“Thirty percent of our plastic is ending up in the environment," says chemical and biological engineering Professor George Huber. "The current plastic infrastructure is not sustainable right now.”
New research could help lake managers make more informed decisions about their invasive species control strategies.
With the snow melted, the warmth of the spring sun brings the Arboretum back to joyous life. Flowers bloom, birds sing, shoots arise from the soil. Enjoy this look at spring’s wonderful renewal of the earth.
COVID-19 may have forced the event to go virtual, but it also brought the importance of its topic into sharp focus. “You can’t wash your hands if you don’t have water,” says Water@UW–Madison's Matt Ginder-Vogel.
Wondering what Earth Day looked like for UW in 1970? Here are some old-school cool photos that flashback to the historic event.
WICCI will contribute climate data informing the work of a state panel charged with advising Wisconsin Gov. Tony Evers on climate change adaptation and mitigation.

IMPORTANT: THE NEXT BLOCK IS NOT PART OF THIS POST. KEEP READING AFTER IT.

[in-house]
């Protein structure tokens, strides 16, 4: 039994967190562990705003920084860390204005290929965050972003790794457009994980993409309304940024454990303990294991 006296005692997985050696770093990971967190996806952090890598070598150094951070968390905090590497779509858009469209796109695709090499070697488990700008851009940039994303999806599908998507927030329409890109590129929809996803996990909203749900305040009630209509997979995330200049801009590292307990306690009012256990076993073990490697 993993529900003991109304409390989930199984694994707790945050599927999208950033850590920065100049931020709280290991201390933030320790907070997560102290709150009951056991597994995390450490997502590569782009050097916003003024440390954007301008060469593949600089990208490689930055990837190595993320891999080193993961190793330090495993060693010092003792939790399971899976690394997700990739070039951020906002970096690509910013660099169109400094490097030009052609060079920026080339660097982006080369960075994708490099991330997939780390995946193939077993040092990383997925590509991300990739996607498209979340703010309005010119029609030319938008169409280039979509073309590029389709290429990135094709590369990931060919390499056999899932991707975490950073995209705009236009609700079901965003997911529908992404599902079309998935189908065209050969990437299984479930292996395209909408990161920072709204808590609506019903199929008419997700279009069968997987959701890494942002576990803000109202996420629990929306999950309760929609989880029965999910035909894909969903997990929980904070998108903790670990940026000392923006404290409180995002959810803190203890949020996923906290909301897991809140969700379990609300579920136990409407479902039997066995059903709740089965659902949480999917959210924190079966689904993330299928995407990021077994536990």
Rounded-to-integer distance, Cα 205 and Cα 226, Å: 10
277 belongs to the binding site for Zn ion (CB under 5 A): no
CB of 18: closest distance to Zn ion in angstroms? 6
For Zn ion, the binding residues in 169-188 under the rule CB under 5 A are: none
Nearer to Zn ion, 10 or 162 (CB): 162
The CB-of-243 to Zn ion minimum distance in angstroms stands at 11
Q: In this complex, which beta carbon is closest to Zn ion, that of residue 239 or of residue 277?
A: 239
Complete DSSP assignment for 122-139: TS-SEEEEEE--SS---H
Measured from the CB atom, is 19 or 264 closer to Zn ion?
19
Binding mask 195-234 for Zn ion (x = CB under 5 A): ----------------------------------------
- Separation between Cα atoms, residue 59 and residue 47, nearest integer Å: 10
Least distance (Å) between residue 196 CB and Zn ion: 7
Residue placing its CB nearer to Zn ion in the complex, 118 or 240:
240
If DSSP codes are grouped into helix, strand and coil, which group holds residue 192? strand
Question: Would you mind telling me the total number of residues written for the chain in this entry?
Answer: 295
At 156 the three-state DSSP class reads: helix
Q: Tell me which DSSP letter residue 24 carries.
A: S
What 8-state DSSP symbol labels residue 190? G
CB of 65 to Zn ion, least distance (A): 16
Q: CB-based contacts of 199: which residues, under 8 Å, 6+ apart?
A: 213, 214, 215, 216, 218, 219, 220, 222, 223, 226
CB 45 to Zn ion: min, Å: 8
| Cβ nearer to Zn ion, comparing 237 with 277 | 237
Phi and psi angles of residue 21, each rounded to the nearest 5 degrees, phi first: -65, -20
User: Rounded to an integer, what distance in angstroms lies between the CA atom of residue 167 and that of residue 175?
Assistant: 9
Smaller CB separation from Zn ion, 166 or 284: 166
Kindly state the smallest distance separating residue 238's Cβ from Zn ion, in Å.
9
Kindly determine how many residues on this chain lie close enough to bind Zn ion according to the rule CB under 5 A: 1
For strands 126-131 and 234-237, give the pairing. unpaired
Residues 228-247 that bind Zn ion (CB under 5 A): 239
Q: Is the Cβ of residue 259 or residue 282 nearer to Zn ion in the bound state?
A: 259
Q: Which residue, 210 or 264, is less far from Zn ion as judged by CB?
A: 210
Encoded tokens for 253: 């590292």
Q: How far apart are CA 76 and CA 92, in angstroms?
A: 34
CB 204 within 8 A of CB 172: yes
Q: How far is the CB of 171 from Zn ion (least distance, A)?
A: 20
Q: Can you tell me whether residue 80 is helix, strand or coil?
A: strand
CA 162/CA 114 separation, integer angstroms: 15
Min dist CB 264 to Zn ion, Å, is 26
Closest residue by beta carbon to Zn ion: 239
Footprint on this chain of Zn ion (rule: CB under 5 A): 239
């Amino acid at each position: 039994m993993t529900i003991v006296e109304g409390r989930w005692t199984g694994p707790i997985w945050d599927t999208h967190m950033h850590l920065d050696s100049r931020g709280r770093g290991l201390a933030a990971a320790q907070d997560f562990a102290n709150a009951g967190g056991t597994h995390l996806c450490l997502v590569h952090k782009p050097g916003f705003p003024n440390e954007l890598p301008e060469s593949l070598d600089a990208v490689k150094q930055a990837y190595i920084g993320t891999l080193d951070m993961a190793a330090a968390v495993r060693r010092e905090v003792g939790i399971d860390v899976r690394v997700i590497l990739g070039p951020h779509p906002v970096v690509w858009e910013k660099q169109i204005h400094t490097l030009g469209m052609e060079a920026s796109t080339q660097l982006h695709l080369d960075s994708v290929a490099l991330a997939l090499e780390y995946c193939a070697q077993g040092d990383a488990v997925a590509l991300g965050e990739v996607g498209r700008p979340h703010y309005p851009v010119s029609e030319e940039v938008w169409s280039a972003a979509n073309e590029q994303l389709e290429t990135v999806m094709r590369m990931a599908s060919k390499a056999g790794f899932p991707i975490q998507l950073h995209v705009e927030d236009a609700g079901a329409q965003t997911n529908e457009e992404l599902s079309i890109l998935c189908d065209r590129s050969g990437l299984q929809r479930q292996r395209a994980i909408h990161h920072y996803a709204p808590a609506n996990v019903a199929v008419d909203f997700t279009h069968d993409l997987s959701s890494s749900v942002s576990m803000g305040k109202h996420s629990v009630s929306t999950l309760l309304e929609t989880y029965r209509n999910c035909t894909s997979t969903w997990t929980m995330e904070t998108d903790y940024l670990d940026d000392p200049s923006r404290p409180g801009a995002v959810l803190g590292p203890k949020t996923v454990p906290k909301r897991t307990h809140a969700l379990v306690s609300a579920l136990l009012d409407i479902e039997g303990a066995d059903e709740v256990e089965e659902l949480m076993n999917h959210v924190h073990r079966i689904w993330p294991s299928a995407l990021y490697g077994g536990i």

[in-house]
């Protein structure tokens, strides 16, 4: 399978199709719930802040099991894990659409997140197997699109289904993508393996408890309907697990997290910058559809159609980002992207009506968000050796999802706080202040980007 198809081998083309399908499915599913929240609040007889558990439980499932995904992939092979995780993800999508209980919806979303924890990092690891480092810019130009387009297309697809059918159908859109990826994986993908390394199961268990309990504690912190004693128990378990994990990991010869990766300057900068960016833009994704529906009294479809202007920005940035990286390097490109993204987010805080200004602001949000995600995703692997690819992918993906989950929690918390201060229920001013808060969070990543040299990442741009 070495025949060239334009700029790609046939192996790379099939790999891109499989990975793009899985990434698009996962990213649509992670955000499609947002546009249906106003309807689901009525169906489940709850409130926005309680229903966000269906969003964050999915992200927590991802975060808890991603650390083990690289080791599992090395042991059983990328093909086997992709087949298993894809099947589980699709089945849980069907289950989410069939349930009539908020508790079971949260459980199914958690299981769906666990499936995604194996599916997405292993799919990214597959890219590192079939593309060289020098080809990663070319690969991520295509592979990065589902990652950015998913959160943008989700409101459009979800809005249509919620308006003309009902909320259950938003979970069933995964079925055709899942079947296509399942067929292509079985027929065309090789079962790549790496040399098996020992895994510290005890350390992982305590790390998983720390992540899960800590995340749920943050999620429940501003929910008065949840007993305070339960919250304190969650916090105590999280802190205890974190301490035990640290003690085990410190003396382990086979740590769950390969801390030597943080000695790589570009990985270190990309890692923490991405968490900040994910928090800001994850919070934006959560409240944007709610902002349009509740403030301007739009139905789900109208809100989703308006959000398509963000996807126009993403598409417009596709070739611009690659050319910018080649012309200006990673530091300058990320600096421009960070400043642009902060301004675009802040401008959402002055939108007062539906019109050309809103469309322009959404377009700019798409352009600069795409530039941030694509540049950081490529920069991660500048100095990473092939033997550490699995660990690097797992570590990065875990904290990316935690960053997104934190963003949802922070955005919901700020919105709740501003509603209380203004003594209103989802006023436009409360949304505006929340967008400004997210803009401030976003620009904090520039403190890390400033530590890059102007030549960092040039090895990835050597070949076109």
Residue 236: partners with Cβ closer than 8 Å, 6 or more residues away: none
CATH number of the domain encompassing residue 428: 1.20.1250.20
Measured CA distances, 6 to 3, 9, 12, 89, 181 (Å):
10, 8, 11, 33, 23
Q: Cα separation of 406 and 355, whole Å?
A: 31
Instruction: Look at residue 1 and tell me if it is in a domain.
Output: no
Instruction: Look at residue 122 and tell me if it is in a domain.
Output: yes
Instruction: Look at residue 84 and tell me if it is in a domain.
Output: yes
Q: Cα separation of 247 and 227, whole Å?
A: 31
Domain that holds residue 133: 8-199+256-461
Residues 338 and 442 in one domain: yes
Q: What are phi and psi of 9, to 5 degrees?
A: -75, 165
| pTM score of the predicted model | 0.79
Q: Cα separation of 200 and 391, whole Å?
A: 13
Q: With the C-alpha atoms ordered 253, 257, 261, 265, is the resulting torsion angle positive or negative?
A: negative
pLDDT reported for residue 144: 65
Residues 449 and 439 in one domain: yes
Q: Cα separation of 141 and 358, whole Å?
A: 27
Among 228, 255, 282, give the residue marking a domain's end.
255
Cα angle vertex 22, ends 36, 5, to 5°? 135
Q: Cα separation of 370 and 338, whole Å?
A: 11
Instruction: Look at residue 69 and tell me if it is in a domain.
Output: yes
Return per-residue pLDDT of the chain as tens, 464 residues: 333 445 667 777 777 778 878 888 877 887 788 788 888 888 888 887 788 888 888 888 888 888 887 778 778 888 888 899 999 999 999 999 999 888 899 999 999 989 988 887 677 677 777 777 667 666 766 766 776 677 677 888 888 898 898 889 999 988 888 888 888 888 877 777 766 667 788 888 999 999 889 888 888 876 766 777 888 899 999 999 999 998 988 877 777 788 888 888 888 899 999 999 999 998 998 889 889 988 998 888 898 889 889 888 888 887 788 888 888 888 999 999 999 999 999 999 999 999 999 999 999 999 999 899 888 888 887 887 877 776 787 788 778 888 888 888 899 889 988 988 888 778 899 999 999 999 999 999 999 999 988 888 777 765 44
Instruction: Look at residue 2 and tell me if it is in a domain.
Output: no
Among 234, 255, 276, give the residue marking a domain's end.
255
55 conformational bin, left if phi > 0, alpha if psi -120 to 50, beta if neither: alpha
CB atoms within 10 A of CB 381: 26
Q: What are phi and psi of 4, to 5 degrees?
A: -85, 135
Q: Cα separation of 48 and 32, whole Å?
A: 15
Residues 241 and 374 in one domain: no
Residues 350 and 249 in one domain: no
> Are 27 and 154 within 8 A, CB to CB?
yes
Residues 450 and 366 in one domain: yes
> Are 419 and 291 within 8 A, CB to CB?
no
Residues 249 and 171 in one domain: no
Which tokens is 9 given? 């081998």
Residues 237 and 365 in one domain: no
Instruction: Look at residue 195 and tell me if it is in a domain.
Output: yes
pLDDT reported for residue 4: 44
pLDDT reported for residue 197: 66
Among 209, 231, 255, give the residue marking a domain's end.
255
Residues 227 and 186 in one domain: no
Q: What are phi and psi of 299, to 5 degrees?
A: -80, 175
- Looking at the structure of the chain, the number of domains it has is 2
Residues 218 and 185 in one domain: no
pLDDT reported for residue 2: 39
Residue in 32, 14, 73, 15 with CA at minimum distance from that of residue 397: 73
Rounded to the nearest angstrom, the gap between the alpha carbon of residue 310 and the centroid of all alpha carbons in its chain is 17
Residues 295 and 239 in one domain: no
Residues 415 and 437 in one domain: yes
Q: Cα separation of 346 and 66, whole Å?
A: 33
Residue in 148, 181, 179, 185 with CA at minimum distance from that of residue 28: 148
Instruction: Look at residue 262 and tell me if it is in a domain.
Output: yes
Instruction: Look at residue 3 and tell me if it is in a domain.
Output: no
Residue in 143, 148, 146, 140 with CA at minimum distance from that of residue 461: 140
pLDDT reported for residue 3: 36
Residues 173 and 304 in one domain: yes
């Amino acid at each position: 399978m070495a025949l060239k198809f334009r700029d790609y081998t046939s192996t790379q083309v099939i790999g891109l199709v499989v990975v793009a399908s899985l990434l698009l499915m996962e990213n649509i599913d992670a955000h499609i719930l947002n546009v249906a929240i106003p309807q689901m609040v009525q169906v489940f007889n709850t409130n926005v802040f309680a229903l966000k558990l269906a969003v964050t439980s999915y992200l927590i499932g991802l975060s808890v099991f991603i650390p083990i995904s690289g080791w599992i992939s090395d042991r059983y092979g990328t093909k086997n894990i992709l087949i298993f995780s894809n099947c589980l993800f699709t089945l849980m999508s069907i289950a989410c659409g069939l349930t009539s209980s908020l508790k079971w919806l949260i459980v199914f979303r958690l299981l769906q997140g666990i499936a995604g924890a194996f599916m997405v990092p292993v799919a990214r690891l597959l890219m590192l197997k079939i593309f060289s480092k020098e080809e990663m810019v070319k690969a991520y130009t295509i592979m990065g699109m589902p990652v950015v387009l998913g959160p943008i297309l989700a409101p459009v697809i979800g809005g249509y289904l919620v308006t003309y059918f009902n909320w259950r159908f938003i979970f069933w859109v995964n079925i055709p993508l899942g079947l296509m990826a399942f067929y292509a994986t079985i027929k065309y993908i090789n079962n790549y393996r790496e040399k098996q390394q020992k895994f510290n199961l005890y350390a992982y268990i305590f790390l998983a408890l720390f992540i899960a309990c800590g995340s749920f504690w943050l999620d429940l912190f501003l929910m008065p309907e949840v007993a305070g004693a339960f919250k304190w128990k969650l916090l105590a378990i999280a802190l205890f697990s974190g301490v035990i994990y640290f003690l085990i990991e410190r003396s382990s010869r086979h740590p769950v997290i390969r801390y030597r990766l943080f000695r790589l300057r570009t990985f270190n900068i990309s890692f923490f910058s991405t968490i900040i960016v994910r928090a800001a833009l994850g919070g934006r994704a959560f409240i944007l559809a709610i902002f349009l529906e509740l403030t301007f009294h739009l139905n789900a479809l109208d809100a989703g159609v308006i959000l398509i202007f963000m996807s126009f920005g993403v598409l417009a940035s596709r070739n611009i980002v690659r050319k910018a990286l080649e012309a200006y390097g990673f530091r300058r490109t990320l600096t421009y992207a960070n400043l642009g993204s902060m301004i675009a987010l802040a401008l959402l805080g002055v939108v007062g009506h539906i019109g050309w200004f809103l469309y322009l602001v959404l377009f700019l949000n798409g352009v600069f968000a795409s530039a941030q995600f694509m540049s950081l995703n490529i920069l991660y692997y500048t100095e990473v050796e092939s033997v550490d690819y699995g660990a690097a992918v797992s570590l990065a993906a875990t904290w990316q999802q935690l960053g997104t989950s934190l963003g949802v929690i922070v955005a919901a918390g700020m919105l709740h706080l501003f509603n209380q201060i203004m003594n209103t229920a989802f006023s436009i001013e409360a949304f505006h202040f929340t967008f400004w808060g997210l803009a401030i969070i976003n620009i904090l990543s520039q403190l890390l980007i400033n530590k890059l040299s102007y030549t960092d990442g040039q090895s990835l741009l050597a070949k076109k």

Researchers found that ideal cow genetics, improved feeding strategies and better manure management could allow dairy farms to cut greenhouse gas emissions while producing more milk with less feed.
“By the time Discovery Farms left Cashton in 2017,” says Jack Herricks, “the relationship had changed, the era of finger pointing and distrust had left. It was a pretty dramatic shift.”
The fungicide was originally devised to protect seeds during storage but was so effective at limiting mold damage that it is now widely used to treat produce after harvest to extend its shelf life.
Public figures and community readers will give voice to Aldo Leopold’s keen observations and eloquent philosophy as written in "A Sand County Almanac" and other works of the noted conservationist, a former UW–Madison faculty member.
The final days of fall bring their own unique colors and textures, stark yet lovely, to the Curtis Prairie at UW–Madison's Arboretum.
The results of a three-year study offer some support for the belief that much of the nitrogen in the wastewater from cheese-making and vegetable processing leaves the soil and harmlessly enters the atmosphere.